If you do all this, you will get clean negs, but it may take some time to clean out all the water lines and get the bottles cleaned up. The inside of water pipes is filthy beyond belief.

Ed Richards
14-Dec-2005, 16:01
Be nice to have some data.:-) Washing has three variables:

1) leach rate - the time it takes to soak stuff out of what you are washing;

2) extraction rate - how efficiently are you draining out each rinse? If you drain out 99% of the water, at the end of the second rinse you are down to less 1/10000 of the original concentration. If you only get 90% out, you are at 1/100.

3) number of rinses

For Tmax, the emulsion is very thin, so the leach time cannot be very long, and the backing does not absorb anything. So my guess is that you do not need to rinse very long for each rinse, you just need to make sure you really drain out the water between rinses. I use a water rinse for a minute, a wash aid for a minute, then 3 more rinses for about 1-5 minutes, depending on what else I am doing, working hard to drain the tank each time. I have no idea if it is enough, but I am betting it is.

Bruce Watson
14-Dec-2005, 17:43

I can't find the original Ilford publication online, but I'm sure it's out there somewhere. There's a similar paper (it's a PDF, so be forewarned) on this website here (http://largeformatphotography.info/unicolor/ilfwash.pdf).

I can paraphrase maybe, like this: Ilford found that, if everything is perfect, you can clean film in a single wash. Hypo in the film leaches into the wash water until an ion balance is reached where the concentration in the film is more or less the same as the concentration in the wash water. Since modern thin film emulsions carry very little hypo, and since the volume of wash water is typically large in comparison (3 or 4 orders of magnitude more volume than the emulsion), when equilibrium is reached the residual hypo in the film will typically be below archival standards. No, I'm not making this up.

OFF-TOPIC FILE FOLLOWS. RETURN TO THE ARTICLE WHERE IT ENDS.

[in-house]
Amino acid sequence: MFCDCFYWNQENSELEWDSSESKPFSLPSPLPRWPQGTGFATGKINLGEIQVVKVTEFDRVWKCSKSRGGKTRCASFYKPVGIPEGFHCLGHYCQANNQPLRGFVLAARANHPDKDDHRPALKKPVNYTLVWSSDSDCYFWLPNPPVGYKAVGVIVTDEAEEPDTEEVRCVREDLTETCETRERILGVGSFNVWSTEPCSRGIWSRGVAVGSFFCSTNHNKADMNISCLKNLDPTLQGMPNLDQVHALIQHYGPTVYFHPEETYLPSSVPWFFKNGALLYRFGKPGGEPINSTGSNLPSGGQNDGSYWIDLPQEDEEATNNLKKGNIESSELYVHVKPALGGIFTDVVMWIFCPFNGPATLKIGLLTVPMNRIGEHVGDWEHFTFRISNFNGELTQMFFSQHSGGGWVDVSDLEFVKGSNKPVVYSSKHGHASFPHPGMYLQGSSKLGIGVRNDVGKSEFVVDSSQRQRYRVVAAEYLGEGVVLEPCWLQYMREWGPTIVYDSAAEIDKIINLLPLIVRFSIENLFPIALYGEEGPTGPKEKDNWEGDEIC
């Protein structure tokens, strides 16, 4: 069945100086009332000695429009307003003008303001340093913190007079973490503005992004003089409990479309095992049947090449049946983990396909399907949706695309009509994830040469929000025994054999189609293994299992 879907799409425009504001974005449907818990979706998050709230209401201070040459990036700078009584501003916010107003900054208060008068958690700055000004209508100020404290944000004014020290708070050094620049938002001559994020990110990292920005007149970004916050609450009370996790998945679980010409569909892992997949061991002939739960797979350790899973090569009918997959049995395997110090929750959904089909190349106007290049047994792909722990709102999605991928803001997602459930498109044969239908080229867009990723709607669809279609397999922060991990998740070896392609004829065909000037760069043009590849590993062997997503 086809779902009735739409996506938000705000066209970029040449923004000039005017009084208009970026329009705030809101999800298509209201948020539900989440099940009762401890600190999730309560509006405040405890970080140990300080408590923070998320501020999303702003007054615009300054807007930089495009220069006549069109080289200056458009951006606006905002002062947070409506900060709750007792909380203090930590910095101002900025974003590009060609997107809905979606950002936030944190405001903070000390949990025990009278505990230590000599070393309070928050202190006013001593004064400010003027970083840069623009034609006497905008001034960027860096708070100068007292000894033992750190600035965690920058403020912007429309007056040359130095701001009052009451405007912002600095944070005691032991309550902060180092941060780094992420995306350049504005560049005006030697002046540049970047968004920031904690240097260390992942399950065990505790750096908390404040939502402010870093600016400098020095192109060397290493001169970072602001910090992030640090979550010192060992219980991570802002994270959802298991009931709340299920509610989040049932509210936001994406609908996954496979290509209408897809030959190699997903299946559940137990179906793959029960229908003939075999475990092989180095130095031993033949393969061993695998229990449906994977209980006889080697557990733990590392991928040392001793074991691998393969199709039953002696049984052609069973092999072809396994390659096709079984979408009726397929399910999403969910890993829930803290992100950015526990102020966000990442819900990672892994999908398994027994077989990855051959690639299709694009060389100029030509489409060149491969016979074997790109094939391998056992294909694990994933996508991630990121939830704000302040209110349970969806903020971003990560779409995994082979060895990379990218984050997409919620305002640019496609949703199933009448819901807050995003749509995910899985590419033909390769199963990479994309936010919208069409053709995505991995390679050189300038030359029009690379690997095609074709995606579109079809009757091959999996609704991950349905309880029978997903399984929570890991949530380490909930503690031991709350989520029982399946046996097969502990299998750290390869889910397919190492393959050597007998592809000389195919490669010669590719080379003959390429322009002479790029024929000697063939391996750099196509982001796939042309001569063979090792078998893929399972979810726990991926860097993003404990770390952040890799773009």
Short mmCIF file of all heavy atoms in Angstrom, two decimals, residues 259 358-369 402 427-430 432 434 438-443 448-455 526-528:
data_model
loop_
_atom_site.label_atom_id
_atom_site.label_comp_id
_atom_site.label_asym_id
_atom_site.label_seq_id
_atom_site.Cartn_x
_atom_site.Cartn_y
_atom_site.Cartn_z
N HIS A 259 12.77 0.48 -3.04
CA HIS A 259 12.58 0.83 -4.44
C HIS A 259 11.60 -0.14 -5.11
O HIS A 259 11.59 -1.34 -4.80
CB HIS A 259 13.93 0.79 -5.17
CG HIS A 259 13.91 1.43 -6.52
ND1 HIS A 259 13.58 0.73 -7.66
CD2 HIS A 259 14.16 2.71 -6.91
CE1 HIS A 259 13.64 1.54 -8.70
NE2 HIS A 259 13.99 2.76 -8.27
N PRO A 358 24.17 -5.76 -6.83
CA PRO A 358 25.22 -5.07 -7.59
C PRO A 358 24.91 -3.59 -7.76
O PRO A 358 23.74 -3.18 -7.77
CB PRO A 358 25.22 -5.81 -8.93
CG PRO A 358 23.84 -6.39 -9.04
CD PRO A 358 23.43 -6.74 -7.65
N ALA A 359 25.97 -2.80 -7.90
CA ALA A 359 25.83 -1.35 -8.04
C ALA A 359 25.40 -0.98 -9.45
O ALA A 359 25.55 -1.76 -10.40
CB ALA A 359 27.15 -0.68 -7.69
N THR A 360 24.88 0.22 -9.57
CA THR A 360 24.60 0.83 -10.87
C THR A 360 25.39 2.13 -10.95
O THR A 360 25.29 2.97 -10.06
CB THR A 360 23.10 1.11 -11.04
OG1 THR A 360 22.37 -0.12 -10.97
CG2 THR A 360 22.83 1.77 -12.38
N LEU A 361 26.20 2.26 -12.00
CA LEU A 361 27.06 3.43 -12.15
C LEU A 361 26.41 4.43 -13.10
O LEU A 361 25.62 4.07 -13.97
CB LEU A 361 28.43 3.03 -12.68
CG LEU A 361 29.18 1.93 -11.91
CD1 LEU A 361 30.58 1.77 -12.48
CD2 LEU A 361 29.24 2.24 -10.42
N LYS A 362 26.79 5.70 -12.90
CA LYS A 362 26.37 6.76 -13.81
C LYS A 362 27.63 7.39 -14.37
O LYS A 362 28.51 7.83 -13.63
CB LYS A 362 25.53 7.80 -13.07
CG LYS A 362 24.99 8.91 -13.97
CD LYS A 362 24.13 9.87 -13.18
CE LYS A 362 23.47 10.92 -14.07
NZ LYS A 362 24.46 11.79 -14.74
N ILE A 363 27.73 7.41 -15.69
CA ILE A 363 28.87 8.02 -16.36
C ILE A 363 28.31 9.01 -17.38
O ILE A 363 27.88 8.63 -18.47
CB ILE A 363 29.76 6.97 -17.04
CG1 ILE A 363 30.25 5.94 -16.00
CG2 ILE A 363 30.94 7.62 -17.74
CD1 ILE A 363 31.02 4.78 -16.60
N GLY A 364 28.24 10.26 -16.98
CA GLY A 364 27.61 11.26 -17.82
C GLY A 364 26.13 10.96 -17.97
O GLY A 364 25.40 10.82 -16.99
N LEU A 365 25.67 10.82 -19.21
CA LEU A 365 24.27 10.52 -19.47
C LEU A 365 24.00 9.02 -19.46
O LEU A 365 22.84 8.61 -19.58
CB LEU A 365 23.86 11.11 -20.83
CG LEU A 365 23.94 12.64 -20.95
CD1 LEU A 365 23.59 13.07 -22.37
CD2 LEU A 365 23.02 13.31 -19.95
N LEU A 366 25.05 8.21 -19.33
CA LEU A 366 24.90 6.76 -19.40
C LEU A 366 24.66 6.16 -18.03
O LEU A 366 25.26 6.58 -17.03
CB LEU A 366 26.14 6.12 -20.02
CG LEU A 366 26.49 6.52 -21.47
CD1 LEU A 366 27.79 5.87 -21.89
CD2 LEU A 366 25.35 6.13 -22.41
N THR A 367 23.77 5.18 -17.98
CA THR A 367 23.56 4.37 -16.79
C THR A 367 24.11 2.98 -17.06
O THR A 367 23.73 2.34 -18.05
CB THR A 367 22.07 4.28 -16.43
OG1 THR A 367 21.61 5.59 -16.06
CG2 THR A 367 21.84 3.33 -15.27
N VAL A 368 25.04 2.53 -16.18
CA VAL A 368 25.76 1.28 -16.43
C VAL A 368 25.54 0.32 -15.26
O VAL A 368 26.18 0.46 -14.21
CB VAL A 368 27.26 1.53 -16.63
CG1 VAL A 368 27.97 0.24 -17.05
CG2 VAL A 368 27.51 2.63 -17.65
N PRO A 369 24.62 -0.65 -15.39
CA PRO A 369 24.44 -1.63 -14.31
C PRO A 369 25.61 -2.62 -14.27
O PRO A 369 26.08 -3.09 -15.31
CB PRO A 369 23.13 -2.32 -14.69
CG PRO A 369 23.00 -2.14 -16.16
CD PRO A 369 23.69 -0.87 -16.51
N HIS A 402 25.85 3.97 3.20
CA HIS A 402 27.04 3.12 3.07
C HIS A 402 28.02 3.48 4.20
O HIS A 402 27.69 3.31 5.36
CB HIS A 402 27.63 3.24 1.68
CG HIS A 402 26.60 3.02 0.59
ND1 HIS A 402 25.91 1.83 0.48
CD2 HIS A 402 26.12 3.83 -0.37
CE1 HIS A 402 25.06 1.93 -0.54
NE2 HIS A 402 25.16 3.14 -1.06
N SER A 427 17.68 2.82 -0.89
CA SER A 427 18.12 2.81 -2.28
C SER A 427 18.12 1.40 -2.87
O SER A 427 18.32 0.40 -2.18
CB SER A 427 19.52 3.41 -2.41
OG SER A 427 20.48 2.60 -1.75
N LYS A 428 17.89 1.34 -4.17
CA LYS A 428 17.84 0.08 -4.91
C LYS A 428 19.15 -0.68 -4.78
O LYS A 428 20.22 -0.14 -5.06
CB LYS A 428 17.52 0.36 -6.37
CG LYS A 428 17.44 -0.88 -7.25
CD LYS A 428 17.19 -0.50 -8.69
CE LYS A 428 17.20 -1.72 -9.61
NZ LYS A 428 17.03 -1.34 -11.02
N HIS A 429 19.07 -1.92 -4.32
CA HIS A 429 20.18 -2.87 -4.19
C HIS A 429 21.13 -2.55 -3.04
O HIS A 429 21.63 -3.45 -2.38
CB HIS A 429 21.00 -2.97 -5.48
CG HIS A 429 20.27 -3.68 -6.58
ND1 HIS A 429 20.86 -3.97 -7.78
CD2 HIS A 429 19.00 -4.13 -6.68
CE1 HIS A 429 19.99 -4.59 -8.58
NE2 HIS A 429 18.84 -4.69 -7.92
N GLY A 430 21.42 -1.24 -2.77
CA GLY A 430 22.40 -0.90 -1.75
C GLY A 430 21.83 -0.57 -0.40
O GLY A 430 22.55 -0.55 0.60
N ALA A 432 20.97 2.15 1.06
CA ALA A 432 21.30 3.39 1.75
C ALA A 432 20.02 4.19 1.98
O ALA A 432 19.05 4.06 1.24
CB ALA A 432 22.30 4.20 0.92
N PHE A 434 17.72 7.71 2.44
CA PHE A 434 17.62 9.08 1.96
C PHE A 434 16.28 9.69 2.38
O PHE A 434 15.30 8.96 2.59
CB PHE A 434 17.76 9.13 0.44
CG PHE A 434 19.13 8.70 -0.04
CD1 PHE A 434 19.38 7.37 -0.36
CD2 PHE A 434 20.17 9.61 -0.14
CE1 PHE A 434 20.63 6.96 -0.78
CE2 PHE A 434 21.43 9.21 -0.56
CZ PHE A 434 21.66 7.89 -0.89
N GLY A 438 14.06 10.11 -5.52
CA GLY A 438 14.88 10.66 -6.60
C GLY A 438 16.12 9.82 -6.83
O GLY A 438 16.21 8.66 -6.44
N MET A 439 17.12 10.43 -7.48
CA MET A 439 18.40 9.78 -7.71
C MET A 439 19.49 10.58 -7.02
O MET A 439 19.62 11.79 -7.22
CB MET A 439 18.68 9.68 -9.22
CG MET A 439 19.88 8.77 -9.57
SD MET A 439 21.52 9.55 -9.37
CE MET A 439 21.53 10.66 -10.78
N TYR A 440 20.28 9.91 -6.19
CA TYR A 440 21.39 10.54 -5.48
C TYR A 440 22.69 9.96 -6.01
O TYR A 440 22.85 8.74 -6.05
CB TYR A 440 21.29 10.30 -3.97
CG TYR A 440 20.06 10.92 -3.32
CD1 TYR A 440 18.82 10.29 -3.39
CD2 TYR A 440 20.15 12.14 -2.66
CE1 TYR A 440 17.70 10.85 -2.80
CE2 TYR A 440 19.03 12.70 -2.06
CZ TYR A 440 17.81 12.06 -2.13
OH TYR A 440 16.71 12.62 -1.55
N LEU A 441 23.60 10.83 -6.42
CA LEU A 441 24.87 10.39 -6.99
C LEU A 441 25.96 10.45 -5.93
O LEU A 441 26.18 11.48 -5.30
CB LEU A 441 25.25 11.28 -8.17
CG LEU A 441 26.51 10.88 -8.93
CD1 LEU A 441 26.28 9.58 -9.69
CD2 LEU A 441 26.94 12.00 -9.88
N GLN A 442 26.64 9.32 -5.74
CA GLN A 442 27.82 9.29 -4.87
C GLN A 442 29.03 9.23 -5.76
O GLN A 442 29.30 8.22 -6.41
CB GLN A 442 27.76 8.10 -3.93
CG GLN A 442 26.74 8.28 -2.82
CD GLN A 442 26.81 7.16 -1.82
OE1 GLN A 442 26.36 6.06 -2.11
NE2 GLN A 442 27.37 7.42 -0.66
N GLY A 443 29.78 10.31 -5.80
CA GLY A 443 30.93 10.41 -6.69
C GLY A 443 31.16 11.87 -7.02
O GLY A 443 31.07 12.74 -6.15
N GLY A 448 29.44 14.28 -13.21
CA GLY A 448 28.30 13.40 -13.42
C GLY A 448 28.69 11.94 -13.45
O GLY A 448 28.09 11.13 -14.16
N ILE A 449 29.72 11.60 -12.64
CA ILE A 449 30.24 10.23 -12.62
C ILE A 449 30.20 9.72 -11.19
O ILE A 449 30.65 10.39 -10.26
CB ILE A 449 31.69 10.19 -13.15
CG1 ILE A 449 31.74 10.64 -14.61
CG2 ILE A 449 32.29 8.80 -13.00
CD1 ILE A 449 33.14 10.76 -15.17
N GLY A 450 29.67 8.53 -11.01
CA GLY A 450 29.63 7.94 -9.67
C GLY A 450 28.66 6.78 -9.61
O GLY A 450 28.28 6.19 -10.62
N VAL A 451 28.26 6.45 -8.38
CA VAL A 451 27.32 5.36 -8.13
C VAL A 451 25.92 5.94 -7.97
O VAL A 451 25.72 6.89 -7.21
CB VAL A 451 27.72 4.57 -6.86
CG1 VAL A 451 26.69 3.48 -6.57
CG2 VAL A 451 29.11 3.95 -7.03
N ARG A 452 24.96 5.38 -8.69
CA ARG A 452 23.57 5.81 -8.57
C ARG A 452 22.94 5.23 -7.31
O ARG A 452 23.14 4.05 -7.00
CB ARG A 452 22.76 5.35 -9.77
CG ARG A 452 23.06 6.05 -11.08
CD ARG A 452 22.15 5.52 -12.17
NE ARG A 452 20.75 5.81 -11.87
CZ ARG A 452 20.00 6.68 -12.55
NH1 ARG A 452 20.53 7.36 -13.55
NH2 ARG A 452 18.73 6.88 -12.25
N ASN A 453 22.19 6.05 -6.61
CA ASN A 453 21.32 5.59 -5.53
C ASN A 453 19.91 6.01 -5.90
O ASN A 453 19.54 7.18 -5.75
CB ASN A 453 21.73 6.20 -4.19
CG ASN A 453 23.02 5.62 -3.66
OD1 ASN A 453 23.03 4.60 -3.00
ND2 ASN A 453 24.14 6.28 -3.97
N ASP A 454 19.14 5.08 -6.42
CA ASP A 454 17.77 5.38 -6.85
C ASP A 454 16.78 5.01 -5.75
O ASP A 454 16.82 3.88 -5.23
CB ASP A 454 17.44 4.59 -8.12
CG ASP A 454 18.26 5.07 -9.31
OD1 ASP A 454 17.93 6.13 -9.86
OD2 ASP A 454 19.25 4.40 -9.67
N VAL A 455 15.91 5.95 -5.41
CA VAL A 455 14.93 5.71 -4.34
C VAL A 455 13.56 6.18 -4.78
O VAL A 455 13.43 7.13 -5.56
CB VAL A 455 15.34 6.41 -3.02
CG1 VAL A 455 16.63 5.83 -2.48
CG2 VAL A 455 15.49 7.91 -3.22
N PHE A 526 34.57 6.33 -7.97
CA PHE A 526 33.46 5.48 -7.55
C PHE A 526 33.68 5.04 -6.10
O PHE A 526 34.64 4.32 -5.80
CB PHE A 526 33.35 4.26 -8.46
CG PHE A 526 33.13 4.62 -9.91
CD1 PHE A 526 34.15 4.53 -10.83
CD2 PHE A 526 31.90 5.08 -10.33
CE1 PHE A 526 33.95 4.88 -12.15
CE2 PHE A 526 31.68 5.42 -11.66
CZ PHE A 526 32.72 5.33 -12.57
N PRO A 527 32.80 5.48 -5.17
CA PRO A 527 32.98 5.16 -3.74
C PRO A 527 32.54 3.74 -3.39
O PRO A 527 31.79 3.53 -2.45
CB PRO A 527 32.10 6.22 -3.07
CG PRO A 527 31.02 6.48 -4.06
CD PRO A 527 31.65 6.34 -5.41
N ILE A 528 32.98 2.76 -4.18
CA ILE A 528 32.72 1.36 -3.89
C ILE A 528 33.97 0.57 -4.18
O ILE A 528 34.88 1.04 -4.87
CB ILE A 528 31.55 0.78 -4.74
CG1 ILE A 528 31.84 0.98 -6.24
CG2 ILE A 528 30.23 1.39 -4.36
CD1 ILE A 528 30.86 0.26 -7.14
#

All I can find is information about roll film in small tanks. But I infer that Ilford recommended filling the tank with fresh water, then making 5 inversions, dump, refill, 10 inversions, dump, refill, 20 inversions, dump and done. That is, three changes of water only. No wash aid. The reason for the three washes was, I think, your "extraction rate" because you can't get all the water to dump out of the tank/film/reel.

The theory seems sound, especially when you consider that washing is normally done "the way we've always done it" which dates to the thick emulsion days. Film is different now. Process should be different now too.

But... I can't find any data on doing this procedure on a Jobo. I'm thinking four washes because of the probably even lower "extraction rate" of dumping the water out of the 3010 tank.

Anyway, that's my theory. I just need more data to either back it up or debunk it.

Ed Richards
14-Dec-2005, 22:03
That squares with my back of the envelop calculation. I use a 3006 Jobo, but I use a Bessler base and not a Jobo machine. I just fill it, put it on the base and spin it for a minute, dump it and refill it. Since I dump it by hand, I am pretty sure the water is out, but I cannot speak for dumping it by machine. The Jobo should be more efficient than any other method because of the efficient mixing.

Jim Ewins
14-Dec-2005, 23:06
My last Chemistry class was 50 years ago. but I recall Bruce is spot on. But I don't reuse chemicals.

Bruce Watson
15-Dec-2005, 10:13

Do you have any idea how using a hardening fixer would enter into the equation - if at all?

Ed Richards
15-Dec-2005, 15:23
I use a hardening fixer and assume that it makes no difference, esp. when you use a wash aid. I am not sure I need the wash aid, but I see it as belt and suspenders for my short wash times.